Making A Difference in Our County
University of Georgia Cooperative Extension is working hard for its constituents. The following are examples of Extension’s impact in the county over the past year.
4-H Youth Development
Jefferson County 4-H’ers start fifth grade with lessons that teach about agriculture grown in our county. Sixth graders are taught the importance of refraining from tobacco, drugs and alcohol. Seventh grade 4-H’ers participate in Project WET, learning that water of sufficient quality and quantity is important for all water users. Eighth grade students learn about financial literacy, while our high school students participate in community and leadership activities to prepare them for the future.
While our 4-H’ers would normally participate in events such as Cotton Boll and Consumer Judging, Junior Conference, District Project Achievement, 4-H summer camp, State Council, goat show and Poultry Judging Team, last year marked the first time for many unprecedented events in our 4-H history, most events were cancelled or switched to virtual events.
While trying to maintain some resemblance to our great organization, agriculture packets were either taken to our elementary schools or emailed to the students, in the spring when our schools shut down. The Little Library was implemented at our office, which contains free books for children of all ages to enjoy.
Since re-opening Jefferson County 4-H has been fortunate to be able to return to the classroom for face to face learning, while for those who are still learning virtually, we are able to participate in this also.
Agriculture and Natural Resources
The need to provide unbiased, researched based information to the agricultural community did not halt due to a pandemic. Providing food and fiber to our country and our world continued, and farmers continue to find a way to make things work. Though programming took on new avenues, Jefferson County Extension found ways to provide updates and timely information to our growers.
Jefferson County agent joined with other county agents in the surrounding area to create Tri-County Updates. These updates provided in-field video footage on timely topics such as current pest management and disease issues affecting corn, cotton and peanuts. This YouTube series provided visual examples to assist growers in management decisions, discussed economic thresholds and even harvest timing information to potentially increase yields and grades of crops. These programs were distributed to the tri-county area farmers and resulted in over 200 views from this area. When the pandemic prevented the Southeast Research and Education Center Experiment Station in Midville from holding their annual agronomic crop field day, area agents assisted the station’s superintendent in planning and executing a virtual field day to showcase the research that is so pertinent to the area growers and the issues they face in production. With over 600 views statewide, growers and industry were able to gain valuable knowledge in the latest research.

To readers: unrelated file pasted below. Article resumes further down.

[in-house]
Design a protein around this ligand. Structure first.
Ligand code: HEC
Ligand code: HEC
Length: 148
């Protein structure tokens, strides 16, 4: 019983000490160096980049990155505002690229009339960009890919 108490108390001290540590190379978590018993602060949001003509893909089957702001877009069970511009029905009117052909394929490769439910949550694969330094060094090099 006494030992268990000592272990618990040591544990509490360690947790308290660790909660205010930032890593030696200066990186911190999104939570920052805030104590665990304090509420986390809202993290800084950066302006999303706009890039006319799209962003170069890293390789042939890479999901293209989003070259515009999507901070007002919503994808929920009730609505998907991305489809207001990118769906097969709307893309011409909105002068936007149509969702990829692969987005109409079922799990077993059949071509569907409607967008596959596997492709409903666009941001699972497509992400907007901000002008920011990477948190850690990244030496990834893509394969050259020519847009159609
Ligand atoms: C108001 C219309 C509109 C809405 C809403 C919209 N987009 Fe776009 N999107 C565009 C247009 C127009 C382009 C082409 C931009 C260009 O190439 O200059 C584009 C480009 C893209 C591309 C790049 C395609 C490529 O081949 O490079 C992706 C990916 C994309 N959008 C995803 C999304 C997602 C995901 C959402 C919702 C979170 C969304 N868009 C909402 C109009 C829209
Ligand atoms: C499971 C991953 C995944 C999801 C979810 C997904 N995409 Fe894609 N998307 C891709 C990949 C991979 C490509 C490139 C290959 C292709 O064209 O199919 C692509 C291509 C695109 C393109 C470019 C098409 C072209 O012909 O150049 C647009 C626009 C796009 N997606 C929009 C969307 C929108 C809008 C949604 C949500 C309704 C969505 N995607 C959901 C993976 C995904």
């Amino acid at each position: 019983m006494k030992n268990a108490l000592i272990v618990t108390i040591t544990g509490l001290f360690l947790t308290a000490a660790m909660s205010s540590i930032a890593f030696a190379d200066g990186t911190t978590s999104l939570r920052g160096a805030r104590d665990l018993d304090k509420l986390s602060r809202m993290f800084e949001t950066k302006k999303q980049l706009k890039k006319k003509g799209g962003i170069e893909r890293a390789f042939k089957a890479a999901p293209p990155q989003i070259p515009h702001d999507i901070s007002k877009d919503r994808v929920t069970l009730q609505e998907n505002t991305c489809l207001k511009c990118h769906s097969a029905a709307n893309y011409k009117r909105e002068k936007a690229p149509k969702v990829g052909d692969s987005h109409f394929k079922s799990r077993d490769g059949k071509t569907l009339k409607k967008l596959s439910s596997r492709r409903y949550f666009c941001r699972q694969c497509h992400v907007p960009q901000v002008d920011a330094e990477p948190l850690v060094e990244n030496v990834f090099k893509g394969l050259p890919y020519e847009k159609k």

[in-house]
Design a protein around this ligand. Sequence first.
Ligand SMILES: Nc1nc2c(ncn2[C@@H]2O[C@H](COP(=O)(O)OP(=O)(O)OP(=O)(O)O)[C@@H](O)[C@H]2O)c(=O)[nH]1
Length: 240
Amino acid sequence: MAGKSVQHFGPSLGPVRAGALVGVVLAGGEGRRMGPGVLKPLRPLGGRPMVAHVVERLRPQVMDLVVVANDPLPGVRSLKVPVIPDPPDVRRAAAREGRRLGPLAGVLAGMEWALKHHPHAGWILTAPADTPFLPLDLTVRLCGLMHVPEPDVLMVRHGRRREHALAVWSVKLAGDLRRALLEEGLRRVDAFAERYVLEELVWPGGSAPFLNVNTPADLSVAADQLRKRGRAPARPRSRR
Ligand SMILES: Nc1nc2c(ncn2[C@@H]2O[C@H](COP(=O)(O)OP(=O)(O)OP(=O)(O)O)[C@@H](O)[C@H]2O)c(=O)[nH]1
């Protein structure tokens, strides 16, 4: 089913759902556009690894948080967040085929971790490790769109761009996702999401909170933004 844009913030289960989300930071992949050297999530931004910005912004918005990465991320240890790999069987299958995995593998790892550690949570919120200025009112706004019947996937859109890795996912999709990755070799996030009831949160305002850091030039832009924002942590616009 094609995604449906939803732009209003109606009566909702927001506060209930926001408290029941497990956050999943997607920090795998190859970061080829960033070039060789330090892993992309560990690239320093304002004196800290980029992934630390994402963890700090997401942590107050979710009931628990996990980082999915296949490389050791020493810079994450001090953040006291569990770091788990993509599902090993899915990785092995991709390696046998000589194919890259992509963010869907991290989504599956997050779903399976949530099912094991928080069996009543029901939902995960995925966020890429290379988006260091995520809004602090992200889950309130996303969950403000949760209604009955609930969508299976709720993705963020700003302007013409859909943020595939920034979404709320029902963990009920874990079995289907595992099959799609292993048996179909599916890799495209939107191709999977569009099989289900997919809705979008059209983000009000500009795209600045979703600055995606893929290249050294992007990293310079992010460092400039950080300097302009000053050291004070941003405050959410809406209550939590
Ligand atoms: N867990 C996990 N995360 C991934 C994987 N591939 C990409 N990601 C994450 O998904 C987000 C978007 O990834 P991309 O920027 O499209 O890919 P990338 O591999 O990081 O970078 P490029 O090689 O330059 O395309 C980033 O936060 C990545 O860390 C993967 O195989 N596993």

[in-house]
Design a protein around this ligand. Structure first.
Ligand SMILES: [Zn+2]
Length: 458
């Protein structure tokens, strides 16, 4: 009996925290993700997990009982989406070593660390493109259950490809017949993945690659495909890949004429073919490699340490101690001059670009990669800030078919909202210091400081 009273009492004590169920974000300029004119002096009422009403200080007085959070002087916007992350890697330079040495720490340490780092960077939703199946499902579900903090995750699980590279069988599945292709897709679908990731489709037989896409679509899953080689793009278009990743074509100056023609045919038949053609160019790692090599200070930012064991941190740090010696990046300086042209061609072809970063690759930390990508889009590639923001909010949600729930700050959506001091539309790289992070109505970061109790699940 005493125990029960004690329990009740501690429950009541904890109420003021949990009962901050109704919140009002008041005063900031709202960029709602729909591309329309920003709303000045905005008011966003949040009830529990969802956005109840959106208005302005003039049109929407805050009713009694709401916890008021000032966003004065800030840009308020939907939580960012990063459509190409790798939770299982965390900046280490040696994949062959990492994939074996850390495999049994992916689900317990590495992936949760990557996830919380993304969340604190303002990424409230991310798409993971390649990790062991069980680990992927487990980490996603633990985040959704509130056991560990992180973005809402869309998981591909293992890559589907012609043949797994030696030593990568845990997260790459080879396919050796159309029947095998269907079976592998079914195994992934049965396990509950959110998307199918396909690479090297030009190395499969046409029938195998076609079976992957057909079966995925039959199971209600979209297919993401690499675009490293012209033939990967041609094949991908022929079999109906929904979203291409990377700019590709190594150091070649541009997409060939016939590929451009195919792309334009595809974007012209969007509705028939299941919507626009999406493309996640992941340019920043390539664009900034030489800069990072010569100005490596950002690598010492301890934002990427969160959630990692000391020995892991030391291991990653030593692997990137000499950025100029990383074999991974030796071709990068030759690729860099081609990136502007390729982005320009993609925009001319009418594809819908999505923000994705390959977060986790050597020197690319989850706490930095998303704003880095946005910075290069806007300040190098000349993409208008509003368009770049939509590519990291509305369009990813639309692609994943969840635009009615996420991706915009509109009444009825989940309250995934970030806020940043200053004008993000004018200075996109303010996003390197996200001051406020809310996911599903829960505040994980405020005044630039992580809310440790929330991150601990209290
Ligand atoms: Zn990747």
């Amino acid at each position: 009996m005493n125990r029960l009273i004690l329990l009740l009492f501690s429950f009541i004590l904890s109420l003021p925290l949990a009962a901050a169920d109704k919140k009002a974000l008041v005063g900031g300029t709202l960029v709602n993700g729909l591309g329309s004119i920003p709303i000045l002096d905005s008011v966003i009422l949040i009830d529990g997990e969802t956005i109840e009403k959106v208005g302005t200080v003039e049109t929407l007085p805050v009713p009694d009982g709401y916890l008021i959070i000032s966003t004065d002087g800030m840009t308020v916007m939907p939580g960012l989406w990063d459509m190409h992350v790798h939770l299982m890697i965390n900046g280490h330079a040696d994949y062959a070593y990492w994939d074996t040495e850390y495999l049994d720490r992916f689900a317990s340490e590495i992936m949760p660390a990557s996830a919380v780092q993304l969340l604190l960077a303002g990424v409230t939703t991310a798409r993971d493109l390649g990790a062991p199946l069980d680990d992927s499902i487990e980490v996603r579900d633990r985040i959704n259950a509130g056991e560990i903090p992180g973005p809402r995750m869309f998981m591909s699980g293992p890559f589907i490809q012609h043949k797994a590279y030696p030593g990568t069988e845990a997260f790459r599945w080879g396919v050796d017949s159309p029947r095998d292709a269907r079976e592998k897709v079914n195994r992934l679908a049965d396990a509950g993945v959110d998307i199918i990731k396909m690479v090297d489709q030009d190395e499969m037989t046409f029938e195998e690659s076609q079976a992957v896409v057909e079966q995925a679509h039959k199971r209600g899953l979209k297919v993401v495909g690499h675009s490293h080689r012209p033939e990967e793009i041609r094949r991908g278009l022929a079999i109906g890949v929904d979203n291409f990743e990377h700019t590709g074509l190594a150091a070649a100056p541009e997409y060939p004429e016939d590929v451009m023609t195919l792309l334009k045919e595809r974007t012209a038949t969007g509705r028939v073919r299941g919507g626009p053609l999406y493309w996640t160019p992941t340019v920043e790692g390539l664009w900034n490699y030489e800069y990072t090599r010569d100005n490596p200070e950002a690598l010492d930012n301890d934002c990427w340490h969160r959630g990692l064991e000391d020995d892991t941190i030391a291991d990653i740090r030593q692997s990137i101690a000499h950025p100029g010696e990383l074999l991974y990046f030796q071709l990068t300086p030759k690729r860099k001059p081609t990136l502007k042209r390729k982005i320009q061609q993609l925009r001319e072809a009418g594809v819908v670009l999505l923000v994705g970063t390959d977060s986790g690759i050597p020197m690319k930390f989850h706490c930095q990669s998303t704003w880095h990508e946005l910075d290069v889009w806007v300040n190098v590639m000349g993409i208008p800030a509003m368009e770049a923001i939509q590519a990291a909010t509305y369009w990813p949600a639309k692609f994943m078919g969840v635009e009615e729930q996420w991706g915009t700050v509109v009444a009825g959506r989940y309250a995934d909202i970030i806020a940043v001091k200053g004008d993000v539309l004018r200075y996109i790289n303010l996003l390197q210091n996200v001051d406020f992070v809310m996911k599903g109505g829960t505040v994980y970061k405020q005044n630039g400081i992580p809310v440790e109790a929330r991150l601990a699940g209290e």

Jefferson County Extension continued with both on-farm and research station trials to address crop management questions from the agricultural community. These trials included the following: irrigation management through soil moisture sensors in cotton, corn and peanuts; corn nutrient management trial; twin-row corn yield comparison to single rows; long-term cover crop rotational study; planter downforce settings across varying soil types and its effects on corn plant emergence; corn variety trial; irrigated and non-irrigated cotton variety trials; planter downforce and speed effects on peanut disease and yield; in-furrow fungicide effects on cotton seedling disease in conservation tillage, cover crop system; effect of clover/ryegrass cover crop on dryland corn yields with and without sidedress nitrogen; and pine tip moth in loblolly pines study.
Jefferson County Extension continued to service our community through individual site visits for homeowners, farmers and agribusinesses to assist with disease, pest management decisions, crop management and pest identification.
Although Jefferson County does not have a Family and Consumer Sciences (FACS) agent based in the county Extension office, we strive to assist local residents with their questions. Common questions cover food safety, food preservation, dealing with mold and mildew, healthy meal planning, nutrition, family budgeting, Supplemental Nutrition Assistance Program Education (SNAP-Ed) resources and more. These issues and others are answered through a wide variety of free UGA Extension publications available at the county office and phone conferences with Family and Consumer Sciences agents from surrounding counties. Neighboring FA CS agents often conduct programming that our county residents are welcome to attend. This year there have also been many virtual opportunities for training and participation regardless of the client’s location. Our office can provide information about programming in surrounding counties.